Archive for the 'Kalafina' Category

Kalafina: fairytale

fairytale, Kalafina1. fairytale

2. serenato

3. sprinter (instrumental)

fairytale is Kalafina’s third single, released on December 24th, 2008. It reached #10 on Oricon. The title track was used as the ending theme to the fifth installment of Kara no Kyoukai (boundaries on emptiness). As usual, all songs were composed and written by Yuki Kajiura. This is the first single where only three of the four girls originally forming Kalafina are present. Whether the missing one has left the band or not has not yet been announced.

While it may not seem so, fairytale is definitely a Christmas song. It has Latin chants, the title itself is an allusion to the so-to-say “fairytale” of the birth of Christ, and it’s a gentle song, as opposed to oblivious and sprinter, who both used dance beats. And while this song may not be quite as interesting as the two previous singles, I think it is their best A-Side so far. It does have a few flaws, in particular the sloppy ending, but otherwise I think it’s in a completely other league than oblivious and sprinter/ARIA.

serenato is Kalafina’s best song, and there’s not questioning. While fairytale sampled Latin choir music, serenato has hints of Chinese music, in particular the high-pitched chants in the back. This song reminds me a lot of what Kajiura wrote for the soundtrack of Madlax (a pretty interesting series, if you like anime), with its exotic feel. A must hear for anyone in to Shimatani Hitomi’s crossover style or string ensembles.

Kalafina: sprinter/ARIA

1. sprinter

2. ARIA

3. Oblivious – Instrumental –

spinter/ARIA is Kalafina’s second single, released on August 30th, 2008. It reached #9 on Oricon and has sold 23 309 copies. ARIA was used as the theme song for the fourth installment of Kara no Kyoukai (boundary of emptiness).

sprinter is a very powerful track to say least, even more powerful than Oblivious. It makes wonderful use of powerful guitar riffs during pretty much all of the song, but they are really striking during the chorus. The combination of a powerful voice and a chorus of smaller voices ad-libbing in the background creates a great effect, but toward the end of the chorus, there is a vocal canon which I really didn’t like. It also includes a sort of annoying false ending in the middle, which was a really nice touch.

The second A-Side, ARIA, isn’t as overwhelming. It opens with Latin (maybe) chants in the back and bleeps of synth as it has become their trademark, and then just good low-key for the first verse, which is nice, but not exactly what I was expecting from a song called ARIA. The chorus is better and manages to save the song, and focuses on very powerful vocals and drums. Not as good as sprinter, but good.

Kalafina: Oblivious

1. Oblivious

2. Kimi ga Hikari ni Kaeteiku

3. Kizuato

Oblivious is Kalafina’s debut single, released on January 23rd, 2008. It reached #8 on Oricon and has sold 38 695 copies. Kalafina was founded by famous composer Kajiura Yuki in order to provide the theme songs for the seven chapters of the series Kara no Kyoukai (boundaries or emptiness). All the songs on this single were used in order of appearance for the first three movies.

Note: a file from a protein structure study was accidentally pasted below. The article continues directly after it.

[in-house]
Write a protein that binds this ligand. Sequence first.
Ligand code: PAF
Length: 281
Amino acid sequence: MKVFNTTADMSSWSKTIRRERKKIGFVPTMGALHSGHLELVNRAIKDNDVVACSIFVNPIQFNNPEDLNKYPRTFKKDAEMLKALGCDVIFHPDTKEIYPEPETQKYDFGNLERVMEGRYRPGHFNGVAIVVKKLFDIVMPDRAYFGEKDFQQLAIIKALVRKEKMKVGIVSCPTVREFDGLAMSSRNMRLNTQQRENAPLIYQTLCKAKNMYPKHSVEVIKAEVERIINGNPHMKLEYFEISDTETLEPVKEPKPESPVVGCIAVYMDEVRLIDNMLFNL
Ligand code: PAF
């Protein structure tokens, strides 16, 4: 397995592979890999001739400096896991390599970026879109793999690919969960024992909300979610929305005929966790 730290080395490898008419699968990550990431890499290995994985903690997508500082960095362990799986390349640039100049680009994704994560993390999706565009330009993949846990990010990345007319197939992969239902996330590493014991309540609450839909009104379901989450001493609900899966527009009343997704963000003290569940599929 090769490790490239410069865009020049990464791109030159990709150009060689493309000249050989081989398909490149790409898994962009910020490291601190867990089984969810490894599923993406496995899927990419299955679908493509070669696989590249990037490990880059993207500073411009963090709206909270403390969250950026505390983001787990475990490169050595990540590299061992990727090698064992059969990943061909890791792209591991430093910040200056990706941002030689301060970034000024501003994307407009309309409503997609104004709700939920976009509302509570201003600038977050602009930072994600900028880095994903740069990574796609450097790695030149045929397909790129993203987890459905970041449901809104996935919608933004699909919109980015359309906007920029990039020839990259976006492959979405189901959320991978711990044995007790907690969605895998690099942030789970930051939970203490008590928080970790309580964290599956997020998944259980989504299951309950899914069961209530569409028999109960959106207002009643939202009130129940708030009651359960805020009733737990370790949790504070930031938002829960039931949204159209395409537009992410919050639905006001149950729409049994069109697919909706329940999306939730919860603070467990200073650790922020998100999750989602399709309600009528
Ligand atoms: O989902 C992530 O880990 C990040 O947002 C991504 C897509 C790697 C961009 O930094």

Oblivious makes it quite obvious why this single reached #8 on Oricon. It opens with lines of synth and ad-libbing, before adding a concrete beat in the back with a gorgeous voice (I can’t tell which one of the four girls is singing, Keiko perhaps?). The verses are absolutely fantastic of the highest quality, but then comes the just plain gorgeous and catchy chorus. The relatively lengthy bridge was very nice and helped make this song even better. As with all their songs, the combination of four beautiful voices creates something very beautiful. The lyrics of this song are sort of weird, but the first installment of Kara no Kyoukai helps understand what they are about.

Kimi ga Hikari ni Kaeteiku (you become the light) opens with a deeper voice and a modest piano playing the same not almost the entire time, while the vocals take control of the melody. The piano slowly affirms itself a little more in the song later, but until the middle of the song, it stays relatively bland. After that comes a slightly more upbeat part with a more powerful beat and strings, which I thought wasn’t bad, but could’ve been done well without. I’m still not a big fan of the canons which come so frequently in their songs, but I guess it’s not so bad here.

Kizuato (scar) is halfway between Oblivious and Kimi ga Hikari ni Kaeteiku: it’s dramatic, yet more low-key than the A-Side, but features a more outgoing ensemble of instruments than the first B-Side. I’m not sure which of the two B-Sides is better, but when I look back, I think the first B-Side was better. There’s nothing particularly catchy or beautiful about this one to make it stand out from the rest of the songs on this single, but it’s still a more-than-decent B-Side.